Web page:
Grant is a chemist engaged in research aimed at finding a way to stop the aging process. He uses several chimps in his experiments, and one of them escapes his cage and gets into the various chemicals being used by Grant. He mixes them in the manner he's seen humans do, then pours the goop into the water cooler (the regular glass bottle is not there), so...read more
Grant is a chemist engaged in research aimed at finding a way to stop the aging process. He uses several chimps in his experiments, and one of them escapes his cage and gets into the various chemicals being used by Grant. He mixes them in the manner he's seen humans do, then pours the goop
into the water cooler (the regular glass bottle is not there), so when the janitor puts another bottle on the open cooler, the water mixes with the potion. Grant tries a bit of his own concoction the next day, just to see if it has any punch to it, then washes it down with some water from the
cooler. In minutes, he is filled with fire and vigor and thinks that it is his formula that has done it. He gets younger and younger in attitude and is soon behaving like a freshman in college. Coburn, who is Grant's boss, sends his secretary, Monroe, to find Grant. Grant takes the pneumatic
blonde, goes swimming, skating, and racing in a sports car, and Monroe just goes along with it. (Monroe is the cliched dumb blonde secretary in the movie, as witnessed by Coburn's famous line when he hands her a piece of paper and says: "Here, get someone to type this.") Grant's wife, Rogers, is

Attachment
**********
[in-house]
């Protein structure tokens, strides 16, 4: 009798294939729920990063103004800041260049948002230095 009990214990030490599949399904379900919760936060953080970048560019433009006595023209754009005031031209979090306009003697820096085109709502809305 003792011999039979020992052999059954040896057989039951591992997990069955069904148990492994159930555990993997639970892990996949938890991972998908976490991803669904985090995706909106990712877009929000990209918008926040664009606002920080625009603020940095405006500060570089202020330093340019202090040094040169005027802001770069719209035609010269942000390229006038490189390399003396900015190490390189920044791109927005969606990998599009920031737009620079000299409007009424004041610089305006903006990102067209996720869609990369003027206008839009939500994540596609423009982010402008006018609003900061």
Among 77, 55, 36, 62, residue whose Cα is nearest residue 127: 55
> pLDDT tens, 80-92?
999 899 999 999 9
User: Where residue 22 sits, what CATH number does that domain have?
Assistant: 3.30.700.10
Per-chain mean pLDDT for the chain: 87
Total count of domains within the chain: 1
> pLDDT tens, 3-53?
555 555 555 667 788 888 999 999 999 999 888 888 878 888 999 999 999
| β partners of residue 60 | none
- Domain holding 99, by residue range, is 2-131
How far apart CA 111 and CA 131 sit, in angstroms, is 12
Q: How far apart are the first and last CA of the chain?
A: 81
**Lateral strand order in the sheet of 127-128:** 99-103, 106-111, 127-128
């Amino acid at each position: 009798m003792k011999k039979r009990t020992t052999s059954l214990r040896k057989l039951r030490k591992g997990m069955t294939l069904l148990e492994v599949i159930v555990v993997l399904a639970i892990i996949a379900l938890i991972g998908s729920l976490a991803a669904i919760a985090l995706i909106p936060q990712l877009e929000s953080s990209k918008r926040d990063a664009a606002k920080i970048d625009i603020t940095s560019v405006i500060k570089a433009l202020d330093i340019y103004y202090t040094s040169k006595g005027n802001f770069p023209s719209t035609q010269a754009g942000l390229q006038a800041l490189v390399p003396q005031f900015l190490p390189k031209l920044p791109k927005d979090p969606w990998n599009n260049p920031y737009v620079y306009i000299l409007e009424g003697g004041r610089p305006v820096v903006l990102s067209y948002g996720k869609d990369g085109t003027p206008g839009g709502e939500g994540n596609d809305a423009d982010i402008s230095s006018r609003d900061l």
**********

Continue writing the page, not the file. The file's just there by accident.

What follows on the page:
mature enough to look the other way at Grant's shenanigans, especially when the formula's effects are not long-lasting. Rogers goes to Grant's lab and takes some water from the same cooler and, in no time at all, she is soon like a moon-eyed teenager. She wants to drag Grant off to a second
honeymoon, but Grant, who is no longer under the influence of the drug, is cool to the idea. When the formula ceases to have an effect on Rogers, she returns to her mature senses. Later, Rogers and Grant make coffee by using the water from the lab's cooler and now the two of them are on the same
youthful wavelength. But the fact that this is their second dose of the stuff takes them back far beyond teenage years and into a time just past infancy. They begin acting like petulant and playful children, wreak havoc at an important meeting of their board of directors, and eventually make their
way home. Once there, they team up with the local kids and Grant does something he's always wanted to do: he ties up Rogers' former boy friend, Marlowe, and snips off his hair as the local kids laugh along. Rogers goes to bed, and wakes up in a normal state, but finds a baby in bed next to her and
panics. She thinks that Grant may have regressed all the way back. It's just a neighbor's child who has crawled into the room, but Rogers doesn't know that and races to Coburn. Grant, who had gone back to the lab and fallen asleep, wakes up and is also back to normal. Coburn and his board swallow
the water cooler's laced contents and begin to cavort like kids. Coburn chases Monroe, and seltzer is squirted around the room with abandon. In the end, Grant is happy that the formula is only temporary and that it was discovered by accident. Seeing adults behave like children has not been a
pretty sight. The point is made that maturity, rather than reckless youth, is the better state to live in.
The man who wrote the original story departed from his usual celestial bailiwick for this one. Harry Segall had done the stories for HERE COMES MR. JORDAN; ANGEL ON MY SHOULDER; and FOR HEAVEN'S SAKE, among others. In small roles, note Roger Moore, TV director Jerry Paris, TV weatherman Gil
Stratton, and veteran character actor Dabbs Greer. MONKEY BUSINESS was a slight film, improved greatly by the actors involved. Even with such a venerable creative team, it barely manages to evoke memories of some earlier comedies of the same ilk.